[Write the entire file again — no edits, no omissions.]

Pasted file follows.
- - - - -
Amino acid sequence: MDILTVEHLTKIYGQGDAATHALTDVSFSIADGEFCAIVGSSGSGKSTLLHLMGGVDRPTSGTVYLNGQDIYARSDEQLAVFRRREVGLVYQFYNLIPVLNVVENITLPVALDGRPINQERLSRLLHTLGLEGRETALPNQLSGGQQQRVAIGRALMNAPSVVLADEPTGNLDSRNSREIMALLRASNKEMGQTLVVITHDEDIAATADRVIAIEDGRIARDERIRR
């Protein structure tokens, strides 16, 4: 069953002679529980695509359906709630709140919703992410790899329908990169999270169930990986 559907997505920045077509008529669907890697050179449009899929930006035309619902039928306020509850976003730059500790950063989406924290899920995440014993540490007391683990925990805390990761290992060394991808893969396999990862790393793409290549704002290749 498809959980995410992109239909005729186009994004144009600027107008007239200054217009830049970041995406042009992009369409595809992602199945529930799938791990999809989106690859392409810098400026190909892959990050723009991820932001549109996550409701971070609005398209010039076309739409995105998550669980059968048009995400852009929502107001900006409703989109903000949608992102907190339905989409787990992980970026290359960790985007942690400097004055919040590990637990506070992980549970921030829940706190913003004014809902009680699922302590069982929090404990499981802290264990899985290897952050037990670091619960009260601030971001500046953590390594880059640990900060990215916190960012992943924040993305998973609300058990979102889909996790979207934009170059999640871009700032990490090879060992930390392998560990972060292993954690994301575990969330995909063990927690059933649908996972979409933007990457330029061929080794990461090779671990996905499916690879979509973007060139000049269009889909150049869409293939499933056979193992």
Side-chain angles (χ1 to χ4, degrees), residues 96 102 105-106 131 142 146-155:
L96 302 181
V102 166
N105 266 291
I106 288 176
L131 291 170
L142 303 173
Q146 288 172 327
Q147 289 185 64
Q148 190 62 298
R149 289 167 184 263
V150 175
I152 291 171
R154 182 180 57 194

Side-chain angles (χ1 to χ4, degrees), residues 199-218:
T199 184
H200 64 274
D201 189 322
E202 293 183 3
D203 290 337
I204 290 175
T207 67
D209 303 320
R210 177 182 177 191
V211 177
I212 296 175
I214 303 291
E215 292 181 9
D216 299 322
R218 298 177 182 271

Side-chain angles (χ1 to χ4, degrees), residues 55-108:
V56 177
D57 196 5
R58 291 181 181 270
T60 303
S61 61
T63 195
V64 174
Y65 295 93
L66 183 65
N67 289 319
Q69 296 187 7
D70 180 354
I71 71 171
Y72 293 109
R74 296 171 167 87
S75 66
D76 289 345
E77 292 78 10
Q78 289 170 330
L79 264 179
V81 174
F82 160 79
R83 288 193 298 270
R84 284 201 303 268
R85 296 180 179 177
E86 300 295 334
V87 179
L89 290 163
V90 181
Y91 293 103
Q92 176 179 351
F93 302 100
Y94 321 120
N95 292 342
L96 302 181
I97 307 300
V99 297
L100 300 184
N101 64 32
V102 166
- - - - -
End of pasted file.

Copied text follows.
Amino acid sequence: MDILTVEHLTKIYGQGDAATHALTDVSFSIADGEFCAIVGSSGSGKSTLLHLMGGVDRPTSGTVYLNGQDIYARSDEQLAVFRRREVGLVYQFYNLIPVLNVVENITLPVALDGRPINQERLSRLLHTLGLEGRETALPNQLSGGQQQRVAIGRALMNAPSVVLADEPTGNLDSRNSREIMALLRASNKEMGQTLVVITHDEDIAATADRVIAIEDGRIARDERIRR
């Protein structure tokens, strides 16, 4: 069953002679529980695509359906709630709140919703992410790899329908990169999270169930990986 559907997505920045077509008529669907890697050179449009899929930006035309619902039928306020509850976003730059500790950063989406924290899920995440014993540490007391683990925990805390990761290992060394991808893969396999990862790393793409290549704002290749 498809959980995410992109239909005729186009994004144009600027107008007239200054217009830049970041995406042009992009369409595809992602199945529930799938791990999809989106690859392409810098400026190909892959990050723009991820932001549109996550409701971070609005398209010039076309739409995105998550669980059968048009995400852009929502107001900006409703989109903000949608992102907190339905989409787990992980970026290359960790985007942690400097004055919040590990637990506070992980549970921030829940706190913003004014809902009680699922302590069982929090404990499981802290264990899985290897952050037990670091619960009260601030971001500046953590390594880059640990900060990215916190960012992943924040993305998973609300058990979102889909996790979207934009170059999640871009700032990490090879060992930390392998560990972060292993954690994301575990969330995909063990927690059933649908996972979409933007990457330029061929080794990461090779671990996905499916690879979509973007060139000049269009889909150049869409293939499933056979193992």
Side-chain angles (χ1 to χ4, degrees), residues 96 102 105-106 131 142 146-155:
L96 302 181
V102 166
N105 266 291
I106 288 176
L131 291 170
L142 303 173
Q146 288 172 327
Q147 289 185 64
Q148 190 62 298
R149 289 167 184 263
V150 175
I152 291 171
R154 182 180 57 194

Side-chain angles (χ1 to χ4, degrees), residues 199-218:
T199 184
H200 64 274
D201 189 322
E202 293 183 3
D203 290 337
I204 290 175
T207 67
D209 303 320
R210 177 182 177 191
V211 177
I212 296 175
I214 303 291
E215 292 181 9
D216 299 322
R218 298 177 182 271

Side-chain angles (χ1 to χ4, degrees), residues 55-108:
V56 177
D57 196 5
R58 291 181 181 270
T60 303
S61 61
T63 195
V64 174
Y65 295 93
L66 183 65
N67 289 319
Q69 296 187 7
D70 180 354
I71 71 171
Y72 293 109
R74 296 171 167 87
S75 66
D76 289 345
E77 292 78 10
Q78 289 170 330
L79 264 179
V81 174
F82 160 79
R83 288 193 298 270
R84 284 201 303 268
R85 296 180 179 177
E86 300 295 334
V87 179
L89 290 163
V90 181
Y91 293 103
Q92 176 179 351
F93 302 100
Y94 321 120
N95 292 342
L96 302 181
I97 307 300
V99 297
L100 300 184
N101 64 32
V102 166